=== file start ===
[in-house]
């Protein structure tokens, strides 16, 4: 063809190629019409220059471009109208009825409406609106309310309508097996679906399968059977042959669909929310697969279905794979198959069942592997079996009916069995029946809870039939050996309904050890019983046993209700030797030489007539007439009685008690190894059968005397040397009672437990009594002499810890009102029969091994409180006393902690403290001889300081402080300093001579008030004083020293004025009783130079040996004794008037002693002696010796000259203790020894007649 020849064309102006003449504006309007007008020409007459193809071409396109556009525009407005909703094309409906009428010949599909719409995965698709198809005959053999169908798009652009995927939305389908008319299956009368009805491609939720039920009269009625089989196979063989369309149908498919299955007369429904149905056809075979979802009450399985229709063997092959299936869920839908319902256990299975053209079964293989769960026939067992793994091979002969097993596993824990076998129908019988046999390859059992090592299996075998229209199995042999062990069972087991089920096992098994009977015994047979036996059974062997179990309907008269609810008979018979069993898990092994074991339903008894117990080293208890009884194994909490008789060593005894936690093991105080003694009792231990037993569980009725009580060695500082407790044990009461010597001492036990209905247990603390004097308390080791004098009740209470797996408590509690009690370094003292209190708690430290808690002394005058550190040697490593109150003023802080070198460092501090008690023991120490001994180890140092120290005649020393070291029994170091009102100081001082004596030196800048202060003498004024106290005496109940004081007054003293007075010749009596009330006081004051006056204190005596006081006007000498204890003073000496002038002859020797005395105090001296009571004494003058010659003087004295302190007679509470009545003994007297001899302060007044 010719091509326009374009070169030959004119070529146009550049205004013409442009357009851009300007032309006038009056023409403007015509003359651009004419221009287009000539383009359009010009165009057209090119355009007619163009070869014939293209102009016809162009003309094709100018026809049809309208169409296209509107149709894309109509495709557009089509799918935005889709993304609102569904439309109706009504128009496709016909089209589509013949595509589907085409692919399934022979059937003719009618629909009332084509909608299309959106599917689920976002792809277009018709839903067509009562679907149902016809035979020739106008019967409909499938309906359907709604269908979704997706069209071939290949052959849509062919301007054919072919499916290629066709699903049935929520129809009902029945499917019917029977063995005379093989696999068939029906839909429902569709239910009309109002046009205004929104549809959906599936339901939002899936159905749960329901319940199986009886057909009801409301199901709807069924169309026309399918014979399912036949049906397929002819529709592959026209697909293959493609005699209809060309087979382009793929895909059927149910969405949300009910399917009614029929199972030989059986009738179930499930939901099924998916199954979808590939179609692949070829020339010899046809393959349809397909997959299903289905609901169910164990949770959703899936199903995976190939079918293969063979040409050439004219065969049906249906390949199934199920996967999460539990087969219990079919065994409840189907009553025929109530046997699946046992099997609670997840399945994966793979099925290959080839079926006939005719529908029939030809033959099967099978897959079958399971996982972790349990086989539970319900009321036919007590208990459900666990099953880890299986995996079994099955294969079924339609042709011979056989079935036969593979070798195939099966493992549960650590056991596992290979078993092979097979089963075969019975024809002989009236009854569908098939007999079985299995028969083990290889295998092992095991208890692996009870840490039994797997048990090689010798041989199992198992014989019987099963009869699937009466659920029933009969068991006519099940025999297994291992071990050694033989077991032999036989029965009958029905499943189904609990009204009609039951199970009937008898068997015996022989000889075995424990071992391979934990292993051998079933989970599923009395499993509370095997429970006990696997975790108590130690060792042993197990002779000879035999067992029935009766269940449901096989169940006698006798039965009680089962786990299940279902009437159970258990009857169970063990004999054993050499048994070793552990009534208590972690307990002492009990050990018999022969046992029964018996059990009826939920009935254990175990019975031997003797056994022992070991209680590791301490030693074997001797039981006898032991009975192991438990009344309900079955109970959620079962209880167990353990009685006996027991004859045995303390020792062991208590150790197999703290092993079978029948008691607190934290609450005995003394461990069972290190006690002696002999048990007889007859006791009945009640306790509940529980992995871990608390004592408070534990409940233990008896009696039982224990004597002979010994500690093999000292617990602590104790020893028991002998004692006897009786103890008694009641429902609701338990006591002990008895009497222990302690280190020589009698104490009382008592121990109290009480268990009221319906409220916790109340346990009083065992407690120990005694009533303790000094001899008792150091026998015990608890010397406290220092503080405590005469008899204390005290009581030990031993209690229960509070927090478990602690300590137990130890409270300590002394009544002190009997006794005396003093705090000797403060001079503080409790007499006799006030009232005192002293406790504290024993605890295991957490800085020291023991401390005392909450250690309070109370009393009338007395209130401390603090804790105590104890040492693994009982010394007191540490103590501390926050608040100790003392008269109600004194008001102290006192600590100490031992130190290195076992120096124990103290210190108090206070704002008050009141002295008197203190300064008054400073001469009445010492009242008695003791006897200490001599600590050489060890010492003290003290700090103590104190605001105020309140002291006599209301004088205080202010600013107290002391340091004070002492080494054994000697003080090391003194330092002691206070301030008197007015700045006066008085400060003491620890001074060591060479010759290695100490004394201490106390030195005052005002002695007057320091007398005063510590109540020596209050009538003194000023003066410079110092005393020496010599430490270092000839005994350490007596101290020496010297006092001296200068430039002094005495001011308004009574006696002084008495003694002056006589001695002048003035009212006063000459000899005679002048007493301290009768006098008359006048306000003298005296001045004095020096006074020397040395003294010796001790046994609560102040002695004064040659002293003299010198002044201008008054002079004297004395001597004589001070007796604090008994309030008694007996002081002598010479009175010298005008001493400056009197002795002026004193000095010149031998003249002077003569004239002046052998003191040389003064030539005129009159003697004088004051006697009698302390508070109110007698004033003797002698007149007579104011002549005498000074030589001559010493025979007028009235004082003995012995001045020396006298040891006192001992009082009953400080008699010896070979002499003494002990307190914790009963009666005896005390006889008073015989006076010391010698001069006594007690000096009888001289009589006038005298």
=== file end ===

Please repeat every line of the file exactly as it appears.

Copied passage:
[in-house]
């Protein structure tokens, strides 16, 4: 063809190629019409220059471009109208009825409406609106309310309508097996679906399968059977042959669909929310697969279905794979198959069942592997079996009916069995029946809870039939050996309904050890019983046993209700030797030489007539007439009685008690190894059968005397040397009672437990009594002499810890009102029969091994409180006393902690403290001889300081402080300093001579008030004083020293004025009783130079040996004794008037002693002696010796000259203790020894007649 020849064309102006003449504006309007007008020409007459193809071409396109556009525009407005909703094309409906009428010949599909719409995965698709198809005959053999169908798009652009995927939305389908008319299956009368009805491609939720039920009269009625089989196979063989369309149908498919299955007369429904149905056809075979979802009450399985229709063997092959299936869920839908319902256990299975053209079964293989769960026939067992793994091979002969097993596993824990076998129908019988046999390859059992090592299996075998229209199995042999062990069972087991089920096992098994009977015994047979036996059974062997179990309907008269609810008979018979069993898990092994074991339903008894117990080293208890009884194994909490008789060593005894936690093991105080003694009792231990037993569980009725009580060695500082407790044990009461010597001492036990209905247990603390004097308390080791004098009740209470797996408590509690009690370094003292209190708690430290808690002394005058550190040697490593109150003023802080070198460092501090008690023991120490001994180890140092120290005649020393070291029994170091009102100081001082004596030196800048202060003498004024106290005496109940004081007054003293007075010749009596009330006081004051006056204190005596006081006007000498204890003073000496002038002859020797005395105090001296009571004494003058010659003087004295302190007679509470009545003994007297001899302060007044 010719091509326009374009070169030959004119070529146009550049205004013409442009357009851009300007032309006038009056023409403007015509003359651009004419221009287009000539383009359009010009165009057209090119355009007619163009070869014939293209102009016809162009003309094709100018026809049809309208169409296209509107149709894309109509495709557009089509799918935005889709993304609102569904439309109706009504128009496709016909089209589509013949595509589907085409692919399934022979059937003719009618629909009332084509909608299309959106599917689920976002792809277009018709839903067509009562679907149902016809035979020739106008019967409909499938309906359907709604269908979704997706069209071939290949052959849509062919301007054919072919499916290629066709699903049935929520129809009902029945499917019917029977063995005379093989696999068939029906839909429902569709239910009309109002046009205004929104549809959906599936339901939002899936159905749960329901319940199986009886057909009801409301199901709807069924169309026309399918014979399912036949049906397929002819529709592959026209697909293959493609005699209809060309087979382009793929895909059927149910969405949300009910399917009614029929199972030989059986009738179930499930939901099924998916199954979808590939179609692949070829020339010899046809393959349809397909997959299903289905609901169910164990949770959703899936199903995976190939079918293969063979040409050439004219065969049906249906390949199934199920996967999460539990087969219990079919065994409840189907009553025929109530046997699946046992099997609670997840399945994966793979099925290959080839079926006939005719529908029939030809033959099967099978897959079958399971996982972790349990086989539970319900009321036919007590208990459900666990099953880890299986995996079994099955294969079924339609042709011979056989079935036969593979070798195939099966493992549960650590056991596992290979078993092979097979089963075969019975024809002989009236009854569908098939007999079985299995028969083990290889295998092992095991208890692996009870840490039994797997048990090689010798041989199992198992014989019987099963009869699937009466659920029933009969068991006519099940025999297994291992071990050694033989077991032999036989029965009958029905499943189904609990009204009609039951199970009937008898068997015996022989000889075995424990071992391979934990292993051998079933989970599923009395499993509370095997429970006990696997975790108590130690060792042993197990002779000879035999067992029935009766269940449901096989169940006698006798039965009680089962786990299940279902009437159970258990009857169970063990004999054993050499048994070793552990009534208590972690307990002492009990050990018999022969046992029964018996059990009826939920009935254990175990019975031997003797056994022992070991209680590791301490030693074997001797039981006898032991009975192991438990009344309900079955109970959620079962209880167990353990009685006996027991004859045995303390020792062991208590150790197999703290092993079978029948008691607190934290609450005995003394461990069972290190006690002696002999048990007889007859006791009945009640306790509940529980992995871990608390004592408070534990409940233990008896009696039982224990004597002979010994500690093999000292617990602590104790020893028991002998004692006897009786103890008694009641429902609701338990006591002990008895009497222990302690280190020589009698104490009382008592121990109290009480268990009221319906409220916790109340346990009083065992407690120990005694009533303790000094001899008792150091026998015990608890010397406290220092503080405590005469008899204390005290009581030990031993209690229960509070927090478990602690300590137990130890409270300590002394009544002190009997006794005396003093705090000797403060001079503080409790007499006799006030009232005192002293406790504290024993605890295991957490800085020291023991401390005392909450250690309070109370009393009338007395209130401390603090804790105590104890040492693994009982010394007191540490103590501390926050608040100790003392008269109600004194008001102290006192600590100490031992130190290195076992120096124990103290210190108090206070704002008050009141002295008197203190300064008054400073001469009445010492009242008695003791006897200490001599600590050489060890010492003290003290700090103590104190605001105020309140002291006599209301004088205080202010600013107290002391340091004070002492080494054994000697003080090391003194330092002691206070301030008197007015700045006066008085400060003491620890001074060591060479010759290695100490004394201490106390030195005052005002002695007057320091007398005063510590109540020596209050009538003194000023003066410079110092005393020496010599430490270092000839005994350490007596101290020496010297006092001296200068430039002094005495001011308004009574006696002084008495003694002056006589001695002048003035009212006063000459000899005679002048007493301290009768006098008359006048306000003298005296001045004095020096006074020397040395003294010796001790046994609560102040002695004064040659002293003299010198002044201008008054002079004297004395001597004589001070007796604090008994309030008694007996002081002598010479009175010298005008001493400056009197002795002026004193000095010149031998003249002077003569004239002046052998003191040389003064030539005129009159003697004088004051006697009698302390508070109110007698004033003797002698007149007579104011002549005498000074030589001559010493025979007028009235004082003995012995001045020396006298040891006192001992009082009953400080008699010896070979002499003494002990307190914790009963009666005896005390006889008073015989006076010391010698001069006594007690000096009888001289009589006038005298």